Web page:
holding "total rejection of an opposed view cannot of itself impugn the integrity or competence of a trier of fact"Summary of this case from V-1 Oil Co. v. Dept. of Environ. Quality
Argued April 19, 1949. Decided June 20, 1949.
1. In a proceeding under the Wagner Act, 49 Stat. 449, the National Labor Relations Board adopted a trial examiner's findings without substantial change, and issued a cease-and-desist order against an employer. The Court of Appeals, without passing upon the sufficiency of the evidence, held that the findings and the order were invalidated by the trial examiner's bias as disclosed by his crediting Board witnesses and discrediting witnesses for the employer, and refused enforcement of the order. Held: The decision of the Court of Appeals refusing enforcement of the order, on the ground of the trial examiner's bias, was not supported by the record. Pp. 657-660. 2. The Administrative Procedure Act and the Taft-Hartley Act were enacted after the Board's order and before the Court of Appeals' decision. Questions as to the applicability and possible effect of either or both of those Acts were apparently not dealt with by the Court of Appeals and were not briefed with any elaboration before this Court. Held: Although the evidence in the case was sufficient under the Wagner Act to sustain the Board's findings and order, the cause is remanded to the Court of Appeals for consideration of the applicability and possible effect of the Administrative Procedure Act and the Taft-Hartley Act, which questions should be considered in the first instance by that Court. Pp. 661-662. 167 F.2d 126, reversed.
Robert L. Stern argued the cause for petitioner. With him on the brief were Solicitor General Perlman, Robert N. Denham, David P. Findling and Ruth Weyand.
Nathan L. Miller argued the cause for respondent. With him on the brief were Lee C. Hinslea, Lucian Y. Ray and Roger M. Blough.
In 1945 the National Labor Relations Board, petitioner here, issued its complaint charging respondent with the commission of certain unfair labor practices in the course of operating its fleet of Great Lakes bulk cargo vessels. As developed at a hearing before a trial examiner, the Board's charges were in substance that in 1944 respondent interfered with attempts by the National Maritime Union to organize respondent's seamen, with the purpose and the ultimately achieved effect of causing the union's repudiation at a Board-sponsored election. Specifically, there was testimony tending to show that licensed personnel (officers) on certain of respondent's ships by word and deed had expressed to their unlicensed seamen bitter hostility to the union and its members; that respondent's president, one Ferbert, had written two letters to every seaman covertly suggesting in inaccurate fashion the possible disadvantages of NMU representation; and that one Shartle was discharged from respondent's employ for engaging in union organization. Some of the Board's testimony, tendered by union witnesses, was controverted by respondent's witnesses; and respondent also introduced testimony tending to show that it had strictly enjoined its licensed personnel to remain wholly neutral in the weeks leading up to and including the Board election.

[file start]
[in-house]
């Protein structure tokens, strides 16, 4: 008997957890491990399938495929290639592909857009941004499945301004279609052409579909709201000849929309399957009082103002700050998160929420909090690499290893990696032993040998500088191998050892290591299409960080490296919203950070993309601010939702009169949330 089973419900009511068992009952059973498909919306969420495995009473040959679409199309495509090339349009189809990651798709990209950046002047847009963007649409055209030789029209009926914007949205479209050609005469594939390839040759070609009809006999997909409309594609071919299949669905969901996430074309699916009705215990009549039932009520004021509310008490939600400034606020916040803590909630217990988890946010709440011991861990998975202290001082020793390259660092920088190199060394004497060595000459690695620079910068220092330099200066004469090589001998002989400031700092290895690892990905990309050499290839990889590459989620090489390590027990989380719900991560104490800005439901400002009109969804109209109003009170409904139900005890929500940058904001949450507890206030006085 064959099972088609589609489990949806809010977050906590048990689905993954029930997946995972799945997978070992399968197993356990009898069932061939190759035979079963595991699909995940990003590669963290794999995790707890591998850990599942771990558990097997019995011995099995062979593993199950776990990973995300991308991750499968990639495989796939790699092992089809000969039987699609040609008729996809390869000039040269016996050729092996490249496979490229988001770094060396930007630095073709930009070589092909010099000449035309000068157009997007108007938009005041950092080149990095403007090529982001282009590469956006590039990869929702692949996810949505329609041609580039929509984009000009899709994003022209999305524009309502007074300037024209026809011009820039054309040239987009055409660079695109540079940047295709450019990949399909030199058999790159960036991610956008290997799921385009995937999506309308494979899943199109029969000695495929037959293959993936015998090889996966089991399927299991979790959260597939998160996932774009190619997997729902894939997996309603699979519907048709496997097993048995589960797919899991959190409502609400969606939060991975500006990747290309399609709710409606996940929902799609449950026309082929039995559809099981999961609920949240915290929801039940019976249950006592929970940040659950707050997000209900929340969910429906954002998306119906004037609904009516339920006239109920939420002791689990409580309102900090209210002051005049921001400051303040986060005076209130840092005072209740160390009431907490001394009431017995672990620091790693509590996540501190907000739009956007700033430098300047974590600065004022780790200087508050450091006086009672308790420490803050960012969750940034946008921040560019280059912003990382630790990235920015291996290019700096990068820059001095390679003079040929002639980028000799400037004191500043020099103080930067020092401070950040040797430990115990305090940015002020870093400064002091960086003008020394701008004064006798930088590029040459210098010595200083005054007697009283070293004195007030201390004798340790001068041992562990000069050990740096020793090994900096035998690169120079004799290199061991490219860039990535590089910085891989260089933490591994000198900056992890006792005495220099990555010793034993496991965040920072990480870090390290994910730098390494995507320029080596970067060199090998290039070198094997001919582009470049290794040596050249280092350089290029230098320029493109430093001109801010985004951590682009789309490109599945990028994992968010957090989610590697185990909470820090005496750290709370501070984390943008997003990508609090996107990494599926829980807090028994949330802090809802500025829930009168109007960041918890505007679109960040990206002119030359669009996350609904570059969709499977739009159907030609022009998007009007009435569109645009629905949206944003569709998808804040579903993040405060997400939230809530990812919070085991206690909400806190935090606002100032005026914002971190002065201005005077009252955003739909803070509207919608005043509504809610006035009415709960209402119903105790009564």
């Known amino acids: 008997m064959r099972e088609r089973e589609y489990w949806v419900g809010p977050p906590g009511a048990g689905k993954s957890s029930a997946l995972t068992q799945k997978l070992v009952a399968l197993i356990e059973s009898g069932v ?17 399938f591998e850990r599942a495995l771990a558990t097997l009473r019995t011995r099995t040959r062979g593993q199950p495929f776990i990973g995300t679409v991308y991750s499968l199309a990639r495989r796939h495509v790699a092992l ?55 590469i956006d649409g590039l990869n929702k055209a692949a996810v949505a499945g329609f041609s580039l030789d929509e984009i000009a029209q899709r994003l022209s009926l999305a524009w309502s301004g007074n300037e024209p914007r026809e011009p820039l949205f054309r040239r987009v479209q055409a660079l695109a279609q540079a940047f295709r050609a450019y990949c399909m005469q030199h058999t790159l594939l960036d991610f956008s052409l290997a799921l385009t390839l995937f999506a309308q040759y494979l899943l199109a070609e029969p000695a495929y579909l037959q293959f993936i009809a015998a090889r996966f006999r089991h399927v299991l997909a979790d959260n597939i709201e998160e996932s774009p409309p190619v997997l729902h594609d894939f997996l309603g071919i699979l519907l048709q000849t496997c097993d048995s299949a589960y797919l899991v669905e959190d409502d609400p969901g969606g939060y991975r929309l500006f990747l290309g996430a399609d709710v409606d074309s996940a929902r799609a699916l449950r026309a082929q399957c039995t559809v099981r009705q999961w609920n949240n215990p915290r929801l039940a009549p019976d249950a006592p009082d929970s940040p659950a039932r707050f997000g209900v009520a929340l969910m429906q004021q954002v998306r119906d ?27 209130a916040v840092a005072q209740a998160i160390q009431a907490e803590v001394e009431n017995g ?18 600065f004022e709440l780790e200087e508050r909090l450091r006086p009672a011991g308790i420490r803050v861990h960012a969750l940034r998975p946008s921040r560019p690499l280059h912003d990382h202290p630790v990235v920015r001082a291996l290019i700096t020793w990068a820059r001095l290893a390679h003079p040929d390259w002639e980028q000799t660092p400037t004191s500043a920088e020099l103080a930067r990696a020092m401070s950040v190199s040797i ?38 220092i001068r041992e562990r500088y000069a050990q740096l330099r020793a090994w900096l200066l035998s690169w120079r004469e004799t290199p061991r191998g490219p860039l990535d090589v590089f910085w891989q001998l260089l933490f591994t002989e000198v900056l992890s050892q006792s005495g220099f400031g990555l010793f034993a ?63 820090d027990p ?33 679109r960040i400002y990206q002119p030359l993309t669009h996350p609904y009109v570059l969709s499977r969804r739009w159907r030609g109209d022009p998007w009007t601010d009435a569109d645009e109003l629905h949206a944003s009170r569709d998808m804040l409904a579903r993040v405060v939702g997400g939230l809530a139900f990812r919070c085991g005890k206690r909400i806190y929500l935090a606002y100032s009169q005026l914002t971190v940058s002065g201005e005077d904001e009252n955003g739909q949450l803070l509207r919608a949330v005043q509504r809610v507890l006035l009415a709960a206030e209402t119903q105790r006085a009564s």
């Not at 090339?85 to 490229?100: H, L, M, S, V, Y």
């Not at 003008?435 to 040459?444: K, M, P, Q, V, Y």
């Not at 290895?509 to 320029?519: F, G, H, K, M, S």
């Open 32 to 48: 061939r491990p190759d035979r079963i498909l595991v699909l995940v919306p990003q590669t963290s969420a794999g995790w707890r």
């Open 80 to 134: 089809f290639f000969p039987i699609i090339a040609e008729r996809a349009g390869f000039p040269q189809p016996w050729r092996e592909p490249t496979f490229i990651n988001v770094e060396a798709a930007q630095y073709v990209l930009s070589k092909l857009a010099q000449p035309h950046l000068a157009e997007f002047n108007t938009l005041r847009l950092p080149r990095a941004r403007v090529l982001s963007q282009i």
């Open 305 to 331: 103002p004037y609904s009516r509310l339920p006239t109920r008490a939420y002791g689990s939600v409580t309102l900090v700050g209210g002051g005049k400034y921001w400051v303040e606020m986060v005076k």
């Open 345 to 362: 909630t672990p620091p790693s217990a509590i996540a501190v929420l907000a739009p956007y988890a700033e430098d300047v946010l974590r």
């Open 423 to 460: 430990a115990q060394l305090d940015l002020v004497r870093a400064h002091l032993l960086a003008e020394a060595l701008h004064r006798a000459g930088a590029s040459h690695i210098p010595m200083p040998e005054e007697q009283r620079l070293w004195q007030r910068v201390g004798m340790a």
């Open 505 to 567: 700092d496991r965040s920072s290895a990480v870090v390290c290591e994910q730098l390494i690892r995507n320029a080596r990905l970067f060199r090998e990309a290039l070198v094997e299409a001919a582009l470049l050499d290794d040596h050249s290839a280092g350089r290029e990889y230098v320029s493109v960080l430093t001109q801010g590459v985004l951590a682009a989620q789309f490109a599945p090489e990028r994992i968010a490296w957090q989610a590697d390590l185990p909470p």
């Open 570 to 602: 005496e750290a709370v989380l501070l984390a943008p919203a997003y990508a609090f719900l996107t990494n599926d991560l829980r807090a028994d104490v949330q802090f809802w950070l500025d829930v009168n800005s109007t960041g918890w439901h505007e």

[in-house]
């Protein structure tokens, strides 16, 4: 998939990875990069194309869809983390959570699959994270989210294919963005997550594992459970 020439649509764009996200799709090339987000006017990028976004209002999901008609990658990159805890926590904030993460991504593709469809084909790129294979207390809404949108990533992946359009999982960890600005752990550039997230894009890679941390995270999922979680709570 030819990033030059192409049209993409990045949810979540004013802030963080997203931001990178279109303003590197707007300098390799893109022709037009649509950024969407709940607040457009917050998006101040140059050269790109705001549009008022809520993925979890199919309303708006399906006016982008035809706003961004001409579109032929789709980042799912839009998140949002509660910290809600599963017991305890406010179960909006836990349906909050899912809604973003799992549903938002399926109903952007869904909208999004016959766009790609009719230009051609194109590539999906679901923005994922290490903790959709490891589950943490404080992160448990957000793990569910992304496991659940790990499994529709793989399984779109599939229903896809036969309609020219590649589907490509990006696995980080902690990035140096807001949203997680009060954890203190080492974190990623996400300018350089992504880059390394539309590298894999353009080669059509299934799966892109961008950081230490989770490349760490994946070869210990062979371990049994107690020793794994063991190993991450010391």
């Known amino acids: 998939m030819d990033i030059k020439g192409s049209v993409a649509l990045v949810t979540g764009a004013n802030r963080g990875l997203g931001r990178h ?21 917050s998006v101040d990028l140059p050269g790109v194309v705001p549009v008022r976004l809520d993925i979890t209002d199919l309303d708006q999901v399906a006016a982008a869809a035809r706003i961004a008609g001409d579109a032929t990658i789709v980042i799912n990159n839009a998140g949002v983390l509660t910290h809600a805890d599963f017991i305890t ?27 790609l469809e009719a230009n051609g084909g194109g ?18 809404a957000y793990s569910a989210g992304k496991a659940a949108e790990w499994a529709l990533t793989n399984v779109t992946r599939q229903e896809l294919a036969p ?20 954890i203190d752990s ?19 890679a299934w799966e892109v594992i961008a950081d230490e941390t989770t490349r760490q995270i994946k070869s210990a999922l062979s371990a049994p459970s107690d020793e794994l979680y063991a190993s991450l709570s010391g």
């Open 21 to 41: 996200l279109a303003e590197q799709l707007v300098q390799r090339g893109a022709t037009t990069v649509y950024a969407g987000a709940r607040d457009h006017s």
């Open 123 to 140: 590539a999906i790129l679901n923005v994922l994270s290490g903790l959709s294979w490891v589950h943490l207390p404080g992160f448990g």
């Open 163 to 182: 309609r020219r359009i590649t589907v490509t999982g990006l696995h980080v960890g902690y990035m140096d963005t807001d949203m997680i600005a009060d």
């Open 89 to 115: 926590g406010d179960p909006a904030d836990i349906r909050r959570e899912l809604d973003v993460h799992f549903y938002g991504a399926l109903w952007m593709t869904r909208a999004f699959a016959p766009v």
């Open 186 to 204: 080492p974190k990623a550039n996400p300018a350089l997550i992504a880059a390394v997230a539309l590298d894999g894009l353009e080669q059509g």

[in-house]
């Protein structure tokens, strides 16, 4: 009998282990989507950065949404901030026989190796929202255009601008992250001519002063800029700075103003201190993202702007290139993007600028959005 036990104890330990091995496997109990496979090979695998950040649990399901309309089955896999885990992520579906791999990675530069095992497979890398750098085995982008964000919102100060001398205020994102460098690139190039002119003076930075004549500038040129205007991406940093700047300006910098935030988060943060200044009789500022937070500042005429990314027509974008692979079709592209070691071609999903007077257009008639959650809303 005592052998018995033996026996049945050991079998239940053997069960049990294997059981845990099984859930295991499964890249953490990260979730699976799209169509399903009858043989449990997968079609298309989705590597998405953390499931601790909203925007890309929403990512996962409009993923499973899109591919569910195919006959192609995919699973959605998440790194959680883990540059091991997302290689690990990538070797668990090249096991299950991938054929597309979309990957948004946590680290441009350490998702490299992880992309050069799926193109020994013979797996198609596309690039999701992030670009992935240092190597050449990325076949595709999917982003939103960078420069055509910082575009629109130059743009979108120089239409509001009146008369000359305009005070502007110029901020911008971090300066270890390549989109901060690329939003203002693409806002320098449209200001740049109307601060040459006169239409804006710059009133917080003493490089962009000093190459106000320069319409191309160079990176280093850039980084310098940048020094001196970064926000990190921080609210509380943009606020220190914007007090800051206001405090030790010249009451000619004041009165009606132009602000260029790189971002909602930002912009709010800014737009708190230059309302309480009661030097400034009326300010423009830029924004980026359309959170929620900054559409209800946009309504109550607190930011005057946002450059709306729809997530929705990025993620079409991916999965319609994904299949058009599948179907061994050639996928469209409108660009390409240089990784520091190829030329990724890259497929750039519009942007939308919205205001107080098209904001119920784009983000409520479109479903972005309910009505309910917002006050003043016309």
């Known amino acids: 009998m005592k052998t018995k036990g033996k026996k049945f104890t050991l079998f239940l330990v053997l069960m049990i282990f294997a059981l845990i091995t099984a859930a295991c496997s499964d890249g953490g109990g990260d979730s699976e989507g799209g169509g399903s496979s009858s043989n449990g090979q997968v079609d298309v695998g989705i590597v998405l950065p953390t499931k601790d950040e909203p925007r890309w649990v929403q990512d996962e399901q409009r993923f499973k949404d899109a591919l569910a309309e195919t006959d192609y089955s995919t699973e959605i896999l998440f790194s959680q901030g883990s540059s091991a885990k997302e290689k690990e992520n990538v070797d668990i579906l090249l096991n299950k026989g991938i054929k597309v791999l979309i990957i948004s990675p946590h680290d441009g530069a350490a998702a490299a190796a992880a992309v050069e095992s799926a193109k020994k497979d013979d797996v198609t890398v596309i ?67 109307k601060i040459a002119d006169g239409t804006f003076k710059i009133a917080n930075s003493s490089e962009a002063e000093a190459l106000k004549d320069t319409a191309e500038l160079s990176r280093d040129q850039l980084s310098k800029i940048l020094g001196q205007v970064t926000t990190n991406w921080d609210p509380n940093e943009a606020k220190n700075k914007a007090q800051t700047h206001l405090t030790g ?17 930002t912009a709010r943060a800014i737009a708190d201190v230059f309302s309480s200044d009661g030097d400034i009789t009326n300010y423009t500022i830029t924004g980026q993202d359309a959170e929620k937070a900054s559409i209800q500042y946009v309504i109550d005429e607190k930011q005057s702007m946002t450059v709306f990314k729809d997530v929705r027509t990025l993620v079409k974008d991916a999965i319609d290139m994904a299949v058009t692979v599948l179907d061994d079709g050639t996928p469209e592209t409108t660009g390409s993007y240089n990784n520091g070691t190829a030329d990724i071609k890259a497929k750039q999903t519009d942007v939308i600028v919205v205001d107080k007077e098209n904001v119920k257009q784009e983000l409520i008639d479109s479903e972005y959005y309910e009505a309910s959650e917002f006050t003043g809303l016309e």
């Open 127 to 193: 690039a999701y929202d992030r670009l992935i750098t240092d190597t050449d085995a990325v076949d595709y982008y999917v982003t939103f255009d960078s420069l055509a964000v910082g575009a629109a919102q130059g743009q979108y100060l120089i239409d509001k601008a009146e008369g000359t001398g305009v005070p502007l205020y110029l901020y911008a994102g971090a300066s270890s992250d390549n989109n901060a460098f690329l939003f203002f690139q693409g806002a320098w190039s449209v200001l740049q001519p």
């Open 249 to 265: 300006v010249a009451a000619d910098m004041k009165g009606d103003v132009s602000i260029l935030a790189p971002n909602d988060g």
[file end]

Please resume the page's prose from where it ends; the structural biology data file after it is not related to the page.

The question voted on was acceptance of the NMU as collective-bargaining agent: the NMU was rejected by a vote of 889 to 720.
The trial examiner concluded that respondent had interfered with NMU organization, in violation of §§ 7 and 8(1) of the Wagner Act. 29 U.S.C. § 157, 158(1), and had fired an employee for union activity, in violation of § 8(3), 29 U.S.C. § 158 (3). Respondent's exceptions to the trial examiner's findings were briefed and argued before the Board, in accordance with its usual procedure. On August 13, 1946, the Board adopted the trial examiner's findings without substantial change, and issued its order requiring respondent to cease and desist from its antiunion conduct and to reinstate the wrongfully discharged Shartle with full seniority and reimbursement for lost wages. 69 N.L.R.B. 1395.
Two months later respondent petitioned the Court of Appeals to review the Board's order; the Board filed a counterpetition for enforcement of the order. On April 5, 1948, the court announced its decision refusing enforcement. 167 F.2d 126. The court did not determine whether the evidence, if credited, would support the findings. Instead it held the findings and the order based thereon invalidated by the latent, pervasive and unremedied bias of the trial examiner — a bias found apparent on the face of the record: "Without exception, whenever there was a conflict of evidence, the witnesses for the [Company] were held to be untrustworthy and those for the union reliable. . . . It is enough to say that the unvarying repudiation of every witness for the petitioner because of falsity, evasion or faint recollection, along with the consistent exaltation of every union witness as truthful, forthright and accurate, destroys completely any confidence that might otherwise be placed in the findings of the trial examiner and stamp[s] them as arbitrary. The Labor Board having adopted them in toto, its blanket pro forma findings are in no better posture. . . . With due respect for the rule that the findings of the Board are binding upon us if based upon evidence, it becomes impossible to sustain an order upon the adoption of a trial examiner's report which, upon its face, so clearly bears the imprint of bias and prejudice that it lacks all semblance of fair judicial determination." 167 F.2d at 128-129. To review the court's determination, we granted certiorari. 335 U.S. 857.